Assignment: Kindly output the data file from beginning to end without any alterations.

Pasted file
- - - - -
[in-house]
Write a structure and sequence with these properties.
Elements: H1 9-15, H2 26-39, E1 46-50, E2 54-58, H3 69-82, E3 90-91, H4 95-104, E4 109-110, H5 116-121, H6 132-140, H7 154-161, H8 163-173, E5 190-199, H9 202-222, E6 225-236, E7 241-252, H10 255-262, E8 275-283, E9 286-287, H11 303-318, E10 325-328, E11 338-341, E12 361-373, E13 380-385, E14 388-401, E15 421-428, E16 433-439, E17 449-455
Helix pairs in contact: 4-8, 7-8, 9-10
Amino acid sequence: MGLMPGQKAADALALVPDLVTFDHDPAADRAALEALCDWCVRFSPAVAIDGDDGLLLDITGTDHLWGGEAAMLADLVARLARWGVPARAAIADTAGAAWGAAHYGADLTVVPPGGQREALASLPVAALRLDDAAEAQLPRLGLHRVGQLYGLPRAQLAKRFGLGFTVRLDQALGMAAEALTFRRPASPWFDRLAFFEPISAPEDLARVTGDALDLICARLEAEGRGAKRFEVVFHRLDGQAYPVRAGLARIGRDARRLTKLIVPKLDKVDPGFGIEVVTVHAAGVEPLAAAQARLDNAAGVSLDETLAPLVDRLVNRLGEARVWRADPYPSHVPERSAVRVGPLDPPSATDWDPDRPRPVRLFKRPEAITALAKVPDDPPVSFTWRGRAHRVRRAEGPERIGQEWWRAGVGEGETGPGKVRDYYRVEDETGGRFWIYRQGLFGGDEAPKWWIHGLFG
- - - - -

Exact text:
[in-house]
Write a structure and sequence with these properties.
Elements: H1 9-15, H2 26-39, E1 46-50, E2 54-58, H3 69-82, E3 90-91, H4 95-104, E4 109-110, H5 116-121, H6 132-140, H7 154-161, H8 163-173, E5 190-199, H9 202-222, E6 225-236, E7 241-252, H10 255-262, E8 275-283, E9 286-287, H11 303-318, E10 325-328, E11 338-341, E12 361-373, E13 380-385, E14 388-401, E15 421-428, E16 433-439, E17 449-455
Helix pairs in contact: 4-8, 7-8, 9-10
Amino acid sequence: MGLMPGQKAADALALVPDLVTFDHDPAADRAALEALCDWCVRFSPAVAIDGDDGLLLDITGTDHLWGGEAAMLADLVARLARWGVPARAAIADTAGAAWGAAHYGADLTVVPPGGQREALASLPVAALRLDDAAEAQLPRLGLHRVGQLYGLPRAQLAKRFGLGFTVRLDQALGMAAEALTFRRPASPWFDRLAFFEPISAPEDLARVTGDALDLICARLEAEGRGAKRFEVVFHRLDGQAYPVRAGLARIGRDARRLTKLIVPKLDKVDPGFGIEVVTVHAAGVEPLAAAQARLDNAAGVSLDETLAPLVDRLVNRLGEARVWRADPYPSHVPERSAVRVGPLDPPSATDWDPDRPRPVRLFKRPEAITALAKVPDDPPVSFTWRGRAHRVRRAEGPERIGQEWWRAGVGEGETGPGKVRDYYRVEDETGGRFWIYRQGLFGGDEAPKWWIHGLFG